Tuesday, May 10, 2022

[FNF | 天下] Taiwan can be East Asia’s New Internet and Data Hub | 亞洲最新的網際網路及數據樞紐?台灣能!

Taiwan can be East Asia’s New Internet and Data Hub

In the second half of April, Taiwan scored two major wins in consolidating its regional and global positions in digital future and data trade within a week’s time, with relatively little fanfare or local attention. Is Taiwan on the verge of a golden opportunity to transform its economy, yet without its broader business, industrial and political communities knowing its own full potential?

On April 28, 2022, the United States and “sixty partners around the world” together launched the Declaration for the Future of the Internet. Taiwan was among these partners, which included the European Commission and governments from all over the world, and the U.S. itself. As the signatories of the declaration were in effect all governments, the diplomatic choice to use the word “partners” instead of “countries” was clearly made for including Taiwan.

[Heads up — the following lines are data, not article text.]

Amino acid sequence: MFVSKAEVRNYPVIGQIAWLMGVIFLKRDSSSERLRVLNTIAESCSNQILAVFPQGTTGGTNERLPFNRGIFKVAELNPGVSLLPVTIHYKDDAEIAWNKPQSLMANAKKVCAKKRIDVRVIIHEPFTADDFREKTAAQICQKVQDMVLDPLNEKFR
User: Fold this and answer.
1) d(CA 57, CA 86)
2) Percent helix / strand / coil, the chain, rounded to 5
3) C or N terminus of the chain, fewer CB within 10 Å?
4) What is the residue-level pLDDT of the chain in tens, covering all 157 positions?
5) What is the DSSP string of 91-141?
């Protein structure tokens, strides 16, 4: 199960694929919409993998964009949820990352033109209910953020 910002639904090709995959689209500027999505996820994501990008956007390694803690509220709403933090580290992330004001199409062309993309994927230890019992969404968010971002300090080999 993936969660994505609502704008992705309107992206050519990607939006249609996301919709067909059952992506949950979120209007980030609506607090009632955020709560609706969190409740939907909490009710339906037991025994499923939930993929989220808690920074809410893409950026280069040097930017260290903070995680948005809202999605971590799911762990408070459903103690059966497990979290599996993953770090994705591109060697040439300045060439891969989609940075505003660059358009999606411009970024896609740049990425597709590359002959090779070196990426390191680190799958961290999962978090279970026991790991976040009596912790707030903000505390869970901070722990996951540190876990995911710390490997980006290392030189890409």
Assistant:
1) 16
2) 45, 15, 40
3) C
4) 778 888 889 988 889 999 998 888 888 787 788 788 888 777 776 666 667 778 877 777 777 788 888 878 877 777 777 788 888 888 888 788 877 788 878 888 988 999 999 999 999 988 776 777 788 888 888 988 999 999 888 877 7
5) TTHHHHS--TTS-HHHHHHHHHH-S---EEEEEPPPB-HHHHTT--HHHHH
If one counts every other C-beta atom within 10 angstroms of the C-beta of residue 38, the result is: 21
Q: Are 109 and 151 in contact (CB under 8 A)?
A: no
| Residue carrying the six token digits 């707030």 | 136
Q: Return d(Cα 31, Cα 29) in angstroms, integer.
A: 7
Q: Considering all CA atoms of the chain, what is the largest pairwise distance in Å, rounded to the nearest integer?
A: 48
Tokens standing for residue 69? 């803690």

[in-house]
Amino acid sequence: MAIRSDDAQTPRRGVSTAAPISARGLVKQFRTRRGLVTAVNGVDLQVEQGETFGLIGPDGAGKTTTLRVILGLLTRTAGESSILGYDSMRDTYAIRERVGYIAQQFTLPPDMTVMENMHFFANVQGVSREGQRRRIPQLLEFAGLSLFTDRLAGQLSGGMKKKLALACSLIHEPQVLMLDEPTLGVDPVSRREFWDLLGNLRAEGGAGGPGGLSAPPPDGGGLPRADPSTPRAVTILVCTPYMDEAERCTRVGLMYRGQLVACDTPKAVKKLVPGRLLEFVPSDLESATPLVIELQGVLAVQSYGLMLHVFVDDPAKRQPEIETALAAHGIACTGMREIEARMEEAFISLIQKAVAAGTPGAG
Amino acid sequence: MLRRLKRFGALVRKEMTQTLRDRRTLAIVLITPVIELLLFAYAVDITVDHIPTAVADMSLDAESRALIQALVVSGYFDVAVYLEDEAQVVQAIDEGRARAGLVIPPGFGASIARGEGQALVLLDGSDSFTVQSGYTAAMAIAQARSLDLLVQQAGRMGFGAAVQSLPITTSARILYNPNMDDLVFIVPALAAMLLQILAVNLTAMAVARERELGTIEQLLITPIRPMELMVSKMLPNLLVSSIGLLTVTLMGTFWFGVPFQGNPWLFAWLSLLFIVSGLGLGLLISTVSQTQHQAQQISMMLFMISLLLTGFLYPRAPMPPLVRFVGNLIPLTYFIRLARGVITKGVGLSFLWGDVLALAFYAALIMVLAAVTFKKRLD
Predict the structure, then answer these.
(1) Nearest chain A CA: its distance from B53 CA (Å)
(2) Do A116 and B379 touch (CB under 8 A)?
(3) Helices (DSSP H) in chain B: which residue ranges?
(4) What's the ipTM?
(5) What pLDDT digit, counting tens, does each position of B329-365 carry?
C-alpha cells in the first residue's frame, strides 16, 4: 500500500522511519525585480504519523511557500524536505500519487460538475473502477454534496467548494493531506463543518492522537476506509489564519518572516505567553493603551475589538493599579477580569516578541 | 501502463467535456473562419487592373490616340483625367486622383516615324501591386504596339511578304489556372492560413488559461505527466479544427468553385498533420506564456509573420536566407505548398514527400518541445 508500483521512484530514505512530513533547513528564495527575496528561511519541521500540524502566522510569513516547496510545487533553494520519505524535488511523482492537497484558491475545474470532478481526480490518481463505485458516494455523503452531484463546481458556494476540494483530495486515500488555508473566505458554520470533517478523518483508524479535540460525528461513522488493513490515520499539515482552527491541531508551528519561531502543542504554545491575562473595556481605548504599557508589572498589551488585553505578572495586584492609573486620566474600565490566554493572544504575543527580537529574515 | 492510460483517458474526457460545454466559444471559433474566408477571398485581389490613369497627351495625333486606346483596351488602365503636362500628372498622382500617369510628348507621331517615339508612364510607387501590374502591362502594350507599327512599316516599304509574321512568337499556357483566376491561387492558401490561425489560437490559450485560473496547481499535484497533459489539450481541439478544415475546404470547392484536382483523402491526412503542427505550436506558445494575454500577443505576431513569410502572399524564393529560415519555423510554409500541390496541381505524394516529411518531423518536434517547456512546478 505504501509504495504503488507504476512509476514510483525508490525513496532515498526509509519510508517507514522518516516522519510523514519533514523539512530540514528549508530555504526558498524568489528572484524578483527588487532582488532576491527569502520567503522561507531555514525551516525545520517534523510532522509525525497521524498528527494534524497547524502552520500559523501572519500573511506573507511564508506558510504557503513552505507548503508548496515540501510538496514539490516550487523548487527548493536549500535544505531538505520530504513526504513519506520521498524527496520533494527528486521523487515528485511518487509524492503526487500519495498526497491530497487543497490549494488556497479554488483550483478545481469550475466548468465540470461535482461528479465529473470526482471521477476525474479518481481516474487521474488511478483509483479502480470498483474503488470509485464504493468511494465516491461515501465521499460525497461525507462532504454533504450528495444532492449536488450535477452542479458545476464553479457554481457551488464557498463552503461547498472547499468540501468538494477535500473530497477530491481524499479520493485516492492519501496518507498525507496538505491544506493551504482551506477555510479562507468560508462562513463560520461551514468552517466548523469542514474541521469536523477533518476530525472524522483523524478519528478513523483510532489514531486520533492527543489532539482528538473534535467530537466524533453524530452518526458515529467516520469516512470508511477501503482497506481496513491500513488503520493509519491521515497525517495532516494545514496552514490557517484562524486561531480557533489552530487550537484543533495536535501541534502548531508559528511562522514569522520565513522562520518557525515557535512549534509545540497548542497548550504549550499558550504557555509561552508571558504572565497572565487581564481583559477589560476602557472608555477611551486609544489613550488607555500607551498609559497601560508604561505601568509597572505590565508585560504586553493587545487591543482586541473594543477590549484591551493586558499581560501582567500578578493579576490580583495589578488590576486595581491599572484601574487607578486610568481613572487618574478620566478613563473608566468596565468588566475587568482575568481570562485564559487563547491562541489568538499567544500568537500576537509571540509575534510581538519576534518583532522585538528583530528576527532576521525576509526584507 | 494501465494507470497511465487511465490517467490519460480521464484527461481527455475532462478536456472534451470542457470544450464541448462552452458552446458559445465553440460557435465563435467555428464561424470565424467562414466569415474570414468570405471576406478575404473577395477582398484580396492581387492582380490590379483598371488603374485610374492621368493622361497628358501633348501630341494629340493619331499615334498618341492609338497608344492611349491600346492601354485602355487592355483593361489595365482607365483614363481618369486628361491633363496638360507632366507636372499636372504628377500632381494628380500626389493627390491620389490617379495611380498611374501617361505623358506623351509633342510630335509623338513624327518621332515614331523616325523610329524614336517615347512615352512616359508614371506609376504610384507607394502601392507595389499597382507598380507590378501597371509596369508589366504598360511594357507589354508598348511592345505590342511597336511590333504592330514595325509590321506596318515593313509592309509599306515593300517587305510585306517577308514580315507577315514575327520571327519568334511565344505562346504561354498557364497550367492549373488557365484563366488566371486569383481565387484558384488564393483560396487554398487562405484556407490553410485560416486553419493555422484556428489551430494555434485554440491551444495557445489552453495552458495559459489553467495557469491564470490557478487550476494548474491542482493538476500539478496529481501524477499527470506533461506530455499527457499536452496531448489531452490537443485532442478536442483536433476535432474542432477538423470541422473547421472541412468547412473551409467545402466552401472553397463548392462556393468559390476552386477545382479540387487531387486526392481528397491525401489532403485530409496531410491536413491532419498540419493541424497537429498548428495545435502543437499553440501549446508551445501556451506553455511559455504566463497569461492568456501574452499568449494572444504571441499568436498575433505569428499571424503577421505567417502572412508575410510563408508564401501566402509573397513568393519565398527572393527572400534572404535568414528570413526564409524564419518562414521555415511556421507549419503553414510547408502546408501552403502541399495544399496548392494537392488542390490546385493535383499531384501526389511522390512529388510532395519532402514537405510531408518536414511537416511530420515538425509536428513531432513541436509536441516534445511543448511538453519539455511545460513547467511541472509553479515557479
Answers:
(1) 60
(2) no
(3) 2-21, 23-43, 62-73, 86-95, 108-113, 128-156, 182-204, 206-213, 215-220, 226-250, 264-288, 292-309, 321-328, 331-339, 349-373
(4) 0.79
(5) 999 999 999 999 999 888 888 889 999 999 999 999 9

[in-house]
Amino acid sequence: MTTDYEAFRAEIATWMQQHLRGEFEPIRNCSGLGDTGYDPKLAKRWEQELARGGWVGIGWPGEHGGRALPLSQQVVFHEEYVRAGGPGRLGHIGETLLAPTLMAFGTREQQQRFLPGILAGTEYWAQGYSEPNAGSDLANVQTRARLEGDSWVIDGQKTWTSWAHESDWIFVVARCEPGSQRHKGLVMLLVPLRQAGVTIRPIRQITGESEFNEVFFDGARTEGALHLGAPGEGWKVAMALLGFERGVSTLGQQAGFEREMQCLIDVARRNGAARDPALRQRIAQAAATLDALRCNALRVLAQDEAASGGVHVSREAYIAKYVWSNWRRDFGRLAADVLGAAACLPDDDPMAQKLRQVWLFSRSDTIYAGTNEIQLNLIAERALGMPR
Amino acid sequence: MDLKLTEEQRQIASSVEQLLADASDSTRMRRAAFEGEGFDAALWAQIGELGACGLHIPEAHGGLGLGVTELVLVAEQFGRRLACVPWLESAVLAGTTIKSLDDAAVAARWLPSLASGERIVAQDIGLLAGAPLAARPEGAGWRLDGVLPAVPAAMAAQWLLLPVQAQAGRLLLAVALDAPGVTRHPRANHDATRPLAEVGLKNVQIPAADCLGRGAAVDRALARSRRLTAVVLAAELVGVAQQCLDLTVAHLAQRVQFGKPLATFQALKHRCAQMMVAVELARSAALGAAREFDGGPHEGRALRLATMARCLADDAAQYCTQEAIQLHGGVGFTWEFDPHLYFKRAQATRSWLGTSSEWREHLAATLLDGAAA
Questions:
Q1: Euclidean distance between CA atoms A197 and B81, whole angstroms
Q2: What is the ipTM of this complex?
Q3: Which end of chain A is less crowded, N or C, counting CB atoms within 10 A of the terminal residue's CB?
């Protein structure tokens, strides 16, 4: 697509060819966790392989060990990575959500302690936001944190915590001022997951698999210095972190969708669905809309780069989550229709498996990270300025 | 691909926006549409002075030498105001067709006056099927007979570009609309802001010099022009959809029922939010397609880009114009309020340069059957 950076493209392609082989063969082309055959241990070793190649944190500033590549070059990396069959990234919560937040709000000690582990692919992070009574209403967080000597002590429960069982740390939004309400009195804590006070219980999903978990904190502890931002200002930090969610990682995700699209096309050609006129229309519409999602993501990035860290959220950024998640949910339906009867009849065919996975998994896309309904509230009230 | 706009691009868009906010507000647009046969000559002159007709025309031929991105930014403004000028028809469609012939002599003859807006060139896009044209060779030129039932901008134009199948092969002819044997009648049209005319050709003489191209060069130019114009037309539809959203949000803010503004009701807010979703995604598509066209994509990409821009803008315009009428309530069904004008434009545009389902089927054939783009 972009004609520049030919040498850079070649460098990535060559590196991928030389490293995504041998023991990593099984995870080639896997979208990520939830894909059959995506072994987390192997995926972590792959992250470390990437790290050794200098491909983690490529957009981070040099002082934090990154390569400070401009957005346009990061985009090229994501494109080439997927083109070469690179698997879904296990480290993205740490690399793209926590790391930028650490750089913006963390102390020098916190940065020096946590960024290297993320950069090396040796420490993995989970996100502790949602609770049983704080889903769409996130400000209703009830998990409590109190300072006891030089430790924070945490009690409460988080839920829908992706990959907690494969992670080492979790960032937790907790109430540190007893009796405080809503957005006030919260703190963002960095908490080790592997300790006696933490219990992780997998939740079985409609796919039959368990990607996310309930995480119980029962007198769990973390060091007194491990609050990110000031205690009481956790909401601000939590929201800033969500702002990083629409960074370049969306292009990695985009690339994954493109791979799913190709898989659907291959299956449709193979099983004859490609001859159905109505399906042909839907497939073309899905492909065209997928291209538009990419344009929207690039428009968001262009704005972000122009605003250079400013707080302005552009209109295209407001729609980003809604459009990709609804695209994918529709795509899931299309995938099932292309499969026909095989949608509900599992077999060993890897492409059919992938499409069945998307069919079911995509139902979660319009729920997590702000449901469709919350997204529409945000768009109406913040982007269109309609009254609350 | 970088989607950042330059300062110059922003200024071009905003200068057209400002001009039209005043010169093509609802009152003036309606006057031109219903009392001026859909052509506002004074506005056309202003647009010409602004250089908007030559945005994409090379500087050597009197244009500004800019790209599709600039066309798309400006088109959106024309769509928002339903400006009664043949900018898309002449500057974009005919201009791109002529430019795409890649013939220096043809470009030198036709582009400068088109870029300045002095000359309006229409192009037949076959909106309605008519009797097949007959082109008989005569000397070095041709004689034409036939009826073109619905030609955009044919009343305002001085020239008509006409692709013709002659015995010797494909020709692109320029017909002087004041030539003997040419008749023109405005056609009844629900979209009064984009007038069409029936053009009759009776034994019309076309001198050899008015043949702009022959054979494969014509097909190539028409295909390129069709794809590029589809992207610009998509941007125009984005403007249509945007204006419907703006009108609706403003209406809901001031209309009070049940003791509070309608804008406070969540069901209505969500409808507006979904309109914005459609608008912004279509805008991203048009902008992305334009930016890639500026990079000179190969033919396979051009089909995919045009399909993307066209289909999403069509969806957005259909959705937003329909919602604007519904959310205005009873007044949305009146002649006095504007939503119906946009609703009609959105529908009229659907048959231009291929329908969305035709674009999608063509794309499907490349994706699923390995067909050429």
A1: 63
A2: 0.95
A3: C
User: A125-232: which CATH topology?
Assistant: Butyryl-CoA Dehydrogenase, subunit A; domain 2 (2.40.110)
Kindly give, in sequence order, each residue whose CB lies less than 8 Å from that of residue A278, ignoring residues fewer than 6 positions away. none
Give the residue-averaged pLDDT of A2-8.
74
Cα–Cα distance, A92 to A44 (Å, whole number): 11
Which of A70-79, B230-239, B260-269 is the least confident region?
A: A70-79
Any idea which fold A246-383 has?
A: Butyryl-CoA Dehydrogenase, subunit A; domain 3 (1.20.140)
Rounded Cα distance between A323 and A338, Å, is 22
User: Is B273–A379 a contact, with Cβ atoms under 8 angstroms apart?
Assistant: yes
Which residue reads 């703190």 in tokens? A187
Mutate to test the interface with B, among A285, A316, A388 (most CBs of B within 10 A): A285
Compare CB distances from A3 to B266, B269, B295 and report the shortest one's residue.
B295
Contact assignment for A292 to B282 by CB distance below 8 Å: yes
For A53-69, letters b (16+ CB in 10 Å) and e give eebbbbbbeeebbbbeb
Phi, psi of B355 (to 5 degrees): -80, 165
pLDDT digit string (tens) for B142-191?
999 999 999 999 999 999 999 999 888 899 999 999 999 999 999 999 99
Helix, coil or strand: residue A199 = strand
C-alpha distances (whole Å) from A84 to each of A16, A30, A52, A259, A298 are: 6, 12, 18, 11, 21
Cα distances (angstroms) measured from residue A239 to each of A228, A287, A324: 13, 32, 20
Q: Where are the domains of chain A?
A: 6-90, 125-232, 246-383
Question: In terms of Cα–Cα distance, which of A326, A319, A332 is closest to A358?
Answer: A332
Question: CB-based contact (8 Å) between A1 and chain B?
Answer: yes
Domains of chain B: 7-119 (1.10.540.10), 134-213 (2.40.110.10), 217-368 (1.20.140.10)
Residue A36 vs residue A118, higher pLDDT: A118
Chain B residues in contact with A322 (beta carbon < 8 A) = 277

As a matter of background information, the concept for an Alliance for the Future of the Internet was floated by the U.S. White House shortly before the end of 2021, and was intended to be announced at the Summit for Democracy in early December. However, the plan faced pushback from the digital rights as well as technology business communities and was criticised for being merely an extension of the Trump administration’s “Clean Network” initiative, for alliance member countries to pledge to “use only trustworthy providers” in core Internet infrastructure, which makes the alliance a “no-China” club but lacks focus for the global Internet to adhere to democratic, human rights and accessibility values. Civil societies and Internet companies also felt left out of the process and without a seat at the table.